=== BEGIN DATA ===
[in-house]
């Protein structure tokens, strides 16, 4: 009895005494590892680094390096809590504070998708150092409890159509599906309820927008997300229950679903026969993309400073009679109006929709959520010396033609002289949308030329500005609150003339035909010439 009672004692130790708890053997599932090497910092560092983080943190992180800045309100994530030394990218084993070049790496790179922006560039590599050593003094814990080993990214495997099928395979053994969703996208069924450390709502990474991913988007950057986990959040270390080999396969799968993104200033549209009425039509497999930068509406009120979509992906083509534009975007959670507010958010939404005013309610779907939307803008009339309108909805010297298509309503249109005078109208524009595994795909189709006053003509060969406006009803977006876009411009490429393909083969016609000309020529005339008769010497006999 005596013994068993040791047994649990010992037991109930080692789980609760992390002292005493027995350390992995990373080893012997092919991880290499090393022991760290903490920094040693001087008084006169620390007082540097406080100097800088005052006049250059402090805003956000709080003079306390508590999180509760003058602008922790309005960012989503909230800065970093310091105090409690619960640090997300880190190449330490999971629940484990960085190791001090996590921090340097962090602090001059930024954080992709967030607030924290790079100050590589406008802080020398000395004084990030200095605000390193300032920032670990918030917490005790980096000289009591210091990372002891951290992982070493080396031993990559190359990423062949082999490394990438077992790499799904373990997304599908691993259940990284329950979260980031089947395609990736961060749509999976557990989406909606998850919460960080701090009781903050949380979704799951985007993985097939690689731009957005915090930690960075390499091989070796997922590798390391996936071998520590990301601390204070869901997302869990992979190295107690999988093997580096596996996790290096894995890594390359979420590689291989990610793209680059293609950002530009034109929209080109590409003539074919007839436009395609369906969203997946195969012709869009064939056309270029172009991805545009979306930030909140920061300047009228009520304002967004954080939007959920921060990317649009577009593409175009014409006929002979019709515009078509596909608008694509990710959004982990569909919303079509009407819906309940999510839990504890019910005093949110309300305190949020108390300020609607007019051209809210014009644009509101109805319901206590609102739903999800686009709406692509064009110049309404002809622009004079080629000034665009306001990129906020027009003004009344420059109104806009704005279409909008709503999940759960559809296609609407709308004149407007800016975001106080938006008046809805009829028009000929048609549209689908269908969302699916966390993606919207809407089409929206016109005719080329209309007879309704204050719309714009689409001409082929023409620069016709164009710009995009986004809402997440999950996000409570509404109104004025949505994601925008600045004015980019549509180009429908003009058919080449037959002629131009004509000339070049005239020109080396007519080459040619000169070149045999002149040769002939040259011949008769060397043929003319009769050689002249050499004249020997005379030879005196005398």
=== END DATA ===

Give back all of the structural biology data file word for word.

[in-house]
């Protein structure tokens, strides 16, 4: 009895005494590892680094390096809590504070998708150092409890159509599906309820927008997300229950679903026969993309400073009679109006929709959520010396033609002289949308030329500005609150003339035909010439 009672004692130790708890053997599932090497910092560092983080943190992180800045309100994530030394990218084993070049790496790179922006560039590599050593003094814990080993990214495997099928395979053994969703996208069924450390709502990474991913988007950057986990959040270390080999396969799968993104200033549209009425039509497999930068509406009120979509992906083509534009975007959670507010958010939404005013309610779907939307803008009339309108909805010297298509309503249109005078109208524009595994795909189709006053003509060969406006009803977006876009411009490429393909083969016609000309020529005339008769010497006999 005596013994068993040791047994649990010992037991109930080692789980609760992390002292005493027995350390992995990373080893012997092919991880290499090393022991760290903490920094040693001087008084006169620390007082540097406080100097800088005052006049250059402090805003956000709080003079306390508590999180509760003058602008922790309005960012989503909230800065970093310091105090409690619960640090997300880190190449330490999971629940484990960085190791001090996590921090340097962090602090001059930024954080992709967030607030924290790079100050590589406008802080020398000395004084990030200095605000390193300032920032670990918030917490005790980096000289009591210091990372002891951290992982070493080396031993990559190359990423062949082999490394990438077992790499799904373990997304599908691993259940990284329950979260980031089947395609990736961060749509999976557990989406909606998850919460960080701090009781903050949380979704799951985007993985097939690689731009957005915090930690960075390499091989070796997922590798390391996936071998520590990301601390204070869901997302869990992979190295107690999988093997580096596996996790290096894995890594390359979420590689291989990610793209680059293609950002530009034109929209080109590409003539074919007839436009395609369906969203997946195969012709869009064939056309270029172009991805545009979306930030909140920061300047009228009520304002967004954080939007959920921060990317649009577009593409175009014409006929002979019709515009078509596909608008694509990710959004982990569909919303079509009407819906309940999510839990504890019910005093949110309300305190949020108390300020609607007019051209809210014009644009509101109805319901206590609102739903999800686009709406692509064009110049309404002809622009004079080629000034665009306001990129906020027009003004009344420059109104806009704005279409909008709503999940759960559809296609609407709308004149407007800016975001106080938006008046809805009829028009000929048609549209689908269908969302699916966390993606919207809407089409929206016109005719080329209309007879309704204050719309714009689409001409082929023409620069016709164009710009995009986004809402997440999950996000409570509404109104004025949505994601925008600045004015980019549509180009429908003009058919080449037959002629131009004509000339070049005239020109080396007519080459040619000169070149045999002149040769002939040259011949008769060397043929003319009769050689002249050499004249020997005379030879005196005398």